Drilling holes in a metal can be very difficult for many especially those using the wrong tools and the wrong techniques. There are some easy steps or tips and ideas you can practice to achieve your desire;
For Multiple Holes, Simply Use Drill Bits
You may use some other methods of drilling a single hole in metal but when it comes to drilling several holes and you want to save time; you should consider drill bits. The reason for this is that you can find high-speed steel bit you can use to drill holes even in hardened steel. Most drills come in a set of a pack of multiple bits. You can read more reviews about drill bits for stainless steel here.
Clamp the Steel on a Work Surface for More Accuracy
If you are handling lightweight steel, it will be better to clamp the material on a work surface to achieve an accurate hole drilling. When you clamp the metal on a workbench, it will stay in one position you can drill a hole safely, but if the clamp is loose, it can spin out of the surface and cause harm to you.
Use Stir Sticks or Shims for Painted metal Surface
If you want to drill a hole on a heavier metal, you may not need to clamp it down because it is more stable. If you are drilling a hole through lighter steel which is also painted on the surface, then you need to clamp it on a workbench and at the same time, make use of shims or stir sticks in-between the clamp and the steel you want to drill. The reason for the use of shims or stir sticks is to prevent the clamps from denting or scratching the paint.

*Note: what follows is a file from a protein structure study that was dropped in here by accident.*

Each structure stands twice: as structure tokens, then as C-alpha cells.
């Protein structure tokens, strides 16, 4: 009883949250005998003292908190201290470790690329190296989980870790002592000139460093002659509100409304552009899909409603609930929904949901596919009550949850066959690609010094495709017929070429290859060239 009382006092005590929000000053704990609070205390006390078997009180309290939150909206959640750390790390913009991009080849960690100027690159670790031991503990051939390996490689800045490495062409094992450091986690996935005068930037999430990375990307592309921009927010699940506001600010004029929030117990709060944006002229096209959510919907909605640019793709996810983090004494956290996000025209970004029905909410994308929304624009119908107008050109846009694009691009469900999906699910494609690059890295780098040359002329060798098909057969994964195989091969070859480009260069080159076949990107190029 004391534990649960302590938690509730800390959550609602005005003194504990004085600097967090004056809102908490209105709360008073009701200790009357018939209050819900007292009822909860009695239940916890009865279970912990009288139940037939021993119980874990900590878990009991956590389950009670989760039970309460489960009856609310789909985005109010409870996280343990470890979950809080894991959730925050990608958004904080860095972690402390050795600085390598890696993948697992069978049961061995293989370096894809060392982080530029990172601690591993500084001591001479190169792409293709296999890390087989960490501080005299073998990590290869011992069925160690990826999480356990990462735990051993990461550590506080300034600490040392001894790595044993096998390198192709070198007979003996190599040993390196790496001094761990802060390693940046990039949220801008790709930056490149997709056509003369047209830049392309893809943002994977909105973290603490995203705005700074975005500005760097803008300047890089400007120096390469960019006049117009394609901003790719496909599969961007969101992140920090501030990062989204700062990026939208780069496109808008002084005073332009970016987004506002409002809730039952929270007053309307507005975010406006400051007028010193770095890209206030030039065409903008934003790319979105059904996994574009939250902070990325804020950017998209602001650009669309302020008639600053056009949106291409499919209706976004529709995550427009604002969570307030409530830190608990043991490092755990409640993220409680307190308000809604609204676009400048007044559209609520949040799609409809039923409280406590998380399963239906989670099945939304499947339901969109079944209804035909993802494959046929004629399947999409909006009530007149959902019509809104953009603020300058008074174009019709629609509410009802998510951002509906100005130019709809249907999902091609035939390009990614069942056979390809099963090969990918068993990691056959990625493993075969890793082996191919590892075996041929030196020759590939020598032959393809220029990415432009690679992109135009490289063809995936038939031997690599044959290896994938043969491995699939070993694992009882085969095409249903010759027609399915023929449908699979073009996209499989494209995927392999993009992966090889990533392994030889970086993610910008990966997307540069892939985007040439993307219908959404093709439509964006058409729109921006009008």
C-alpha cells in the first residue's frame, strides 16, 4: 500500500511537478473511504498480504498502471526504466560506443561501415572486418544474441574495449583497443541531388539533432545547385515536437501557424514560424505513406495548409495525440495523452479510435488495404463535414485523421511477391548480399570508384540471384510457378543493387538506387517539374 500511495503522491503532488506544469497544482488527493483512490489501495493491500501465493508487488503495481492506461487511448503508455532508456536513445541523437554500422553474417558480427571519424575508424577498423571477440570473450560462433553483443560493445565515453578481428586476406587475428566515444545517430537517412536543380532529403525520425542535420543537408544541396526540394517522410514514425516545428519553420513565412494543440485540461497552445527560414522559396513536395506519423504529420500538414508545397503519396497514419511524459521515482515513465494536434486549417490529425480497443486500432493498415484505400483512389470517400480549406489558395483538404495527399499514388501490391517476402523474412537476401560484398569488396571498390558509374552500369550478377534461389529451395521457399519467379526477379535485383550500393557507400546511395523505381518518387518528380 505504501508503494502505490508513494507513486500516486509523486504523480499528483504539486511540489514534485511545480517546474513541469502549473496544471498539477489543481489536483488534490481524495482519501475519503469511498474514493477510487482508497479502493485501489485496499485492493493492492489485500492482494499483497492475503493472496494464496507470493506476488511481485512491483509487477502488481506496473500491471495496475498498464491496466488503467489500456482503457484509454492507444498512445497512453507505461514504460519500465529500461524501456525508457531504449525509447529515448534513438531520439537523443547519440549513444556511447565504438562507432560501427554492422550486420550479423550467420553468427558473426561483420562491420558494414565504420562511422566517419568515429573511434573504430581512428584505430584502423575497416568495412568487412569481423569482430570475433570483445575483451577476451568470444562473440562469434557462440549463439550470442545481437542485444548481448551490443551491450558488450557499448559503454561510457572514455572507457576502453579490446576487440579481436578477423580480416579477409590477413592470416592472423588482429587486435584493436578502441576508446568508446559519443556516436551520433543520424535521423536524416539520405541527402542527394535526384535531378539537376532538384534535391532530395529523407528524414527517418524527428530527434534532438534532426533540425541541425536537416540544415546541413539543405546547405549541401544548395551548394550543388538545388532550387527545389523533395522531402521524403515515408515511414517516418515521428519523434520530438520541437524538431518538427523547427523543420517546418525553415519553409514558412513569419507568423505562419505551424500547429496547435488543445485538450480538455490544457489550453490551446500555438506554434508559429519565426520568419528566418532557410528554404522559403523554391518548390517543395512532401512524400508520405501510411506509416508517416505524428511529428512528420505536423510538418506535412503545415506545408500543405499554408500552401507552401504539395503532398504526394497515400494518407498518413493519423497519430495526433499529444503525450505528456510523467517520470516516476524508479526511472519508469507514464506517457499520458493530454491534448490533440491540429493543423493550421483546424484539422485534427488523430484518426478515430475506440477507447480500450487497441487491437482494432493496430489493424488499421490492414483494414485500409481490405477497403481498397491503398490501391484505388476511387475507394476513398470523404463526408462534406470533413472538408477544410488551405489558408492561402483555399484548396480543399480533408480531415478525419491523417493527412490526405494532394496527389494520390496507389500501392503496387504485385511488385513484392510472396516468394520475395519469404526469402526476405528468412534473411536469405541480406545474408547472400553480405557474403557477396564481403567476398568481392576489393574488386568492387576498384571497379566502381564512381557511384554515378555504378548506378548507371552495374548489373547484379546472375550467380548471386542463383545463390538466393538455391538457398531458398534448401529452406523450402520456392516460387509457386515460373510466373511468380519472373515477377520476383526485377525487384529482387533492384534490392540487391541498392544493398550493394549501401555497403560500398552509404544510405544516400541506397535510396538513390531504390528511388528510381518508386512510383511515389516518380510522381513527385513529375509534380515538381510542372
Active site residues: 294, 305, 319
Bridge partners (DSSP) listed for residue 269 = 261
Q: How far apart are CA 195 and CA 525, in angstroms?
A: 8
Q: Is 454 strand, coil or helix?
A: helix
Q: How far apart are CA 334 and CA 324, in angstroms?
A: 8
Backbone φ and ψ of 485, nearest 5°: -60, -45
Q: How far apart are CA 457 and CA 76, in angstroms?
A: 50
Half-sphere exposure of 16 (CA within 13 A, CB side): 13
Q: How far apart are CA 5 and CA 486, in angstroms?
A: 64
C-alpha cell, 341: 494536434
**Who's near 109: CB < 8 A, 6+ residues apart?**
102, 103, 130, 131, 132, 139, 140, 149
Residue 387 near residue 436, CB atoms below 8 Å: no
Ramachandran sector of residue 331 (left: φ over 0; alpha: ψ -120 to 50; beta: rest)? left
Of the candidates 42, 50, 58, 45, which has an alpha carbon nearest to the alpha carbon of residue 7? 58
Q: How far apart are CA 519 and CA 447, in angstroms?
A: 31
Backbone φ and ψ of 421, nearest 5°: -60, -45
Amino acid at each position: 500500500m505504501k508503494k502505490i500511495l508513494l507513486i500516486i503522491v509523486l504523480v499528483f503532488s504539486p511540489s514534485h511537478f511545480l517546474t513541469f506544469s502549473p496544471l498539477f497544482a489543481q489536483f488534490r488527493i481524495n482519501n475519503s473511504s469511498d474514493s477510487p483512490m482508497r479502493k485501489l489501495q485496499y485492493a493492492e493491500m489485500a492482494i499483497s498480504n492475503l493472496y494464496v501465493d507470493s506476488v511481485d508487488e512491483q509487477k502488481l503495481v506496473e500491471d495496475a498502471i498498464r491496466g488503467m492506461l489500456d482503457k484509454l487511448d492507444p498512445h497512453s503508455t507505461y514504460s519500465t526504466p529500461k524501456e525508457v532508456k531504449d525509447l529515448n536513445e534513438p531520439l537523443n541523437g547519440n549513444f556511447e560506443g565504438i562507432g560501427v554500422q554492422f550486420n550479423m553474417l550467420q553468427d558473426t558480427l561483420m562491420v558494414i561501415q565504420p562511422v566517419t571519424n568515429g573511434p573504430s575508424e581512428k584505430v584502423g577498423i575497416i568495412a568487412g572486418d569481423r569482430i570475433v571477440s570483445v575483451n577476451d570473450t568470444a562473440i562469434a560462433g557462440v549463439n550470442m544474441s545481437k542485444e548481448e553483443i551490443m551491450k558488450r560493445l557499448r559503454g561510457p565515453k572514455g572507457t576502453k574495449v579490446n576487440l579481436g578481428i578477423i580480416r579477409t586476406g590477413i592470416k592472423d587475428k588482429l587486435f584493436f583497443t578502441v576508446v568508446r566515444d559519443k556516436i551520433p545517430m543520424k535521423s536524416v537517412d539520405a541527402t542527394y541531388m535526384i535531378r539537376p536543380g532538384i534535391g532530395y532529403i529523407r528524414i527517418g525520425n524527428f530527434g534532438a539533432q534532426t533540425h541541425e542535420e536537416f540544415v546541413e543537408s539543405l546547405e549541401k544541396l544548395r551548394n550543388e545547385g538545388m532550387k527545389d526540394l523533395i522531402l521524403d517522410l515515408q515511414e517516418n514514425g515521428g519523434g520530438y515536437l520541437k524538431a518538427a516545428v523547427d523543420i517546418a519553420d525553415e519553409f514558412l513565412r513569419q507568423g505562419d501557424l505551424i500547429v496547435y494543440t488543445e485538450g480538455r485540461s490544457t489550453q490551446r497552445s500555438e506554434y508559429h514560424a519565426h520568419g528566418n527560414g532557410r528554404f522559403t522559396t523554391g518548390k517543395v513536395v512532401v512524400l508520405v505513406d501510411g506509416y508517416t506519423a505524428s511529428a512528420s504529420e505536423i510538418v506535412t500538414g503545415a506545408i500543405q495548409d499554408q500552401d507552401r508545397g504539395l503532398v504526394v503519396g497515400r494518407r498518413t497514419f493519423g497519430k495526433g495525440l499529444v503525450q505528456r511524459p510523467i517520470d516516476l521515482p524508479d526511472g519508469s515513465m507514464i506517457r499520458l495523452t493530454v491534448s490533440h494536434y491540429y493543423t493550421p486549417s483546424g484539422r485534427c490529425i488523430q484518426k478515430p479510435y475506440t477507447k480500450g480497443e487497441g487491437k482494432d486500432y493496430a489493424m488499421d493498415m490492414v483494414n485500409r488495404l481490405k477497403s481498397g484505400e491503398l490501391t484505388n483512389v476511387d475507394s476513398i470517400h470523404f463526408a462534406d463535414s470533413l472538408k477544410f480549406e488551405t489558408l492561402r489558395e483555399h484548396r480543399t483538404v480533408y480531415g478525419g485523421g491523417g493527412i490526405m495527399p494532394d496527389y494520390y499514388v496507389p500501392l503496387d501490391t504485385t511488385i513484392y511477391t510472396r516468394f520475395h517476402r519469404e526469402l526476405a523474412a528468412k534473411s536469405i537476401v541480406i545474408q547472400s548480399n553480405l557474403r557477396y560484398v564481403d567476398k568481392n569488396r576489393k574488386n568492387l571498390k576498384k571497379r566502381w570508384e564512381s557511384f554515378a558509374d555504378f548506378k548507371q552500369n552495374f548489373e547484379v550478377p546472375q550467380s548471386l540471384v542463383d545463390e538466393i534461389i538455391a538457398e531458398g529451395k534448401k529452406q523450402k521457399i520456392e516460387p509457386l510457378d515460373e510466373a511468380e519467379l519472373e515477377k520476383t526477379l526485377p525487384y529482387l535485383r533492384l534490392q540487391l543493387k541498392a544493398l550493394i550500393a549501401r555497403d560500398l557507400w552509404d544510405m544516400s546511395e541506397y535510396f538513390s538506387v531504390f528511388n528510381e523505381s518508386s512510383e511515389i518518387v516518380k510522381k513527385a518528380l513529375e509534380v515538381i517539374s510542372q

Use a Sharp Drill Bit for Drilling Many Holes
If you are drilling few holes in metal, you can probably do with the regular high-speed drill bit, but if you are drilling many holes especially through the hardened steel, you should consider the Black Oxide or Cobalt steel bit and then sharpen the drill bit if it is dull.
Apply 30 Weight Oil and Water or a Recommended Lubricant Oil on Drill Bit
Applying a recommended lubricant can help with drilling holes in steel. Place the lubricant oil on the point of the Drill bit, doing this will protect your drill bit and the metal during drilling. The lubricant will also help in the smoothening cut. The lubricant helps in reducing friction for a much better result.
It pays to start drilling a hole in steel starting with half the diameter size of the hole you intend drilling. For instance, if you intend to drill a ½ inch hole in the steel, you may want to use a smaller drill to create a hole of ¼ inch diameter, before expanding the hole to ½ inch, just to reduce pressure on the metal. Do not forget to wear safety glasses and a pair of gloves when drilling holes in metals, for your protection.